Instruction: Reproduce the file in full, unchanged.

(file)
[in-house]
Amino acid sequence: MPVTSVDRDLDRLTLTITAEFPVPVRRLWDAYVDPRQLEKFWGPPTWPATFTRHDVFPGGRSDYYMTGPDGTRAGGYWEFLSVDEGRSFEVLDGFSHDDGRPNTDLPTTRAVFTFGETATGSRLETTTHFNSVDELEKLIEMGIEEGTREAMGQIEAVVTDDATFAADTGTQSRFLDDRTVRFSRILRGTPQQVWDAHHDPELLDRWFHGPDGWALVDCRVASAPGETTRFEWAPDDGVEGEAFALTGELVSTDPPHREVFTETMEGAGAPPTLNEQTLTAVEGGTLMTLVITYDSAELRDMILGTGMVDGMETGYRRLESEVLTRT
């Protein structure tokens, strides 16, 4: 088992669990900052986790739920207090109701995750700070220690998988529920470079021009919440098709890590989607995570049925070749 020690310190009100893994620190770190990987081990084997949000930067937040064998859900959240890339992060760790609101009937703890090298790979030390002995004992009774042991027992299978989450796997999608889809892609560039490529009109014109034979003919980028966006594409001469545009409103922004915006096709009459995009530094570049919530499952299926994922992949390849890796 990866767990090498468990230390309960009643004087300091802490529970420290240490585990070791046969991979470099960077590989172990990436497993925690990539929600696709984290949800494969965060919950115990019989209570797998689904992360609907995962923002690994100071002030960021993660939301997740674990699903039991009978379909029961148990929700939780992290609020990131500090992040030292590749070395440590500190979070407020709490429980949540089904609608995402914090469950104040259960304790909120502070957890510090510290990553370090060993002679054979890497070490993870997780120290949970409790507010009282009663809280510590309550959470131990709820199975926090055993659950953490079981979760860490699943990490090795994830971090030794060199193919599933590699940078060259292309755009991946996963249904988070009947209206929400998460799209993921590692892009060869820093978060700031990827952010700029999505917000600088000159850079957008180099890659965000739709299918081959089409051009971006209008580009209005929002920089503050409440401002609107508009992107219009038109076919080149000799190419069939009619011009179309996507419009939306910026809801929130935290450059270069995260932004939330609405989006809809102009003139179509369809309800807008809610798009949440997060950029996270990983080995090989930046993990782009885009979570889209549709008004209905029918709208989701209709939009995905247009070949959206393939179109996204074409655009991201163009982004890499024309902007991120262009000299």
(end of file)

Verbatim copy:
[in-house]
Amino acid sequence: MPVTSVDRDLDRLTLTITAEFPVPVRRLWDAYVDPRQLEKFWGPPTWPATFTRHDVFPGGRSDYYMTGPDGTRAGGYWEFLSVDEGRSFEVLDGFSHDDGRPNTDLPTTRAVFTFGETATGSRLETTTHFNSVDELEKLIEMGIEEGTREAMGQIEAVVTDDATFAADTGTQSRFLDDRTVRFSRILRGTPQQVWDAHHDPELLDRWFHGPDGWALVDCRVASAPGETTRFEWAPDDGVEGEAFALTGELVSTDPPHREVFTETMEGAGAPPTLNEQTLTAVEGGTLMTLVITYDSAELRDMILGTGMVDGMETGYRRLESEVLTRT
């Protein structure tokens, strides 16, 4: 088992669990900052986790739920207090109701995750700070220690998988529920470079021009919440098709890590989607995570049925070749 020690310190009100893994620190770190990987081990084997949000930067937040064998859900959240890339992060760790609101009937703890090298790979030390002995004992009774042991027992299978989450796997999608889809892609560039490529009109014109034979003919980028966006594409001469545009409103922004915006096709009459995009530094570049919530499952299926994922992949390849890796 990866767990090498468990230390309960009643004087300091802490529970420290240490585990070791046969991979470099960077590989172990990436497993925690990539929600696709984290949800494969965060919950115990019989209570797998689904992360609907995962923002690994100071002030960021993660939301997740674990699903039991009978379909029961148990929700939780992290609020990131500090992040030292590749070395440590500190979070407020709490429980949540089904609608995402914090469950104040259960304790909120502070957890510090510290990553370090060993002679054979890497070490993870997780120290949970409790507010009282009663809280510590309550959470131990709820199975926090055993659950953490079981979760860490699943990490090795994830971090030794060199193919599933590699940078060259292309755009991946996963249904988070009947209206929400998460799209993921590692892009060869820093978060700031990827952010700029999505917000600088000159850079957008180099890659965000739709299918081959089409051009971006209008580009209005929002920089503050409440401002609107508009992107219009038109076919080149000799190419069939009619011009179309996507419009939306910026809801929130935290450059270069995260932004939330609405989006809809102009003139179509369809309800807008809610798009949440997060950029996270990983080995090989930046993990782009885009979570889209549709008004209905029918709208989701209709939009995905247009070949959206393939179109996204074409655009991201163009982004890499024309902007991120262009000299």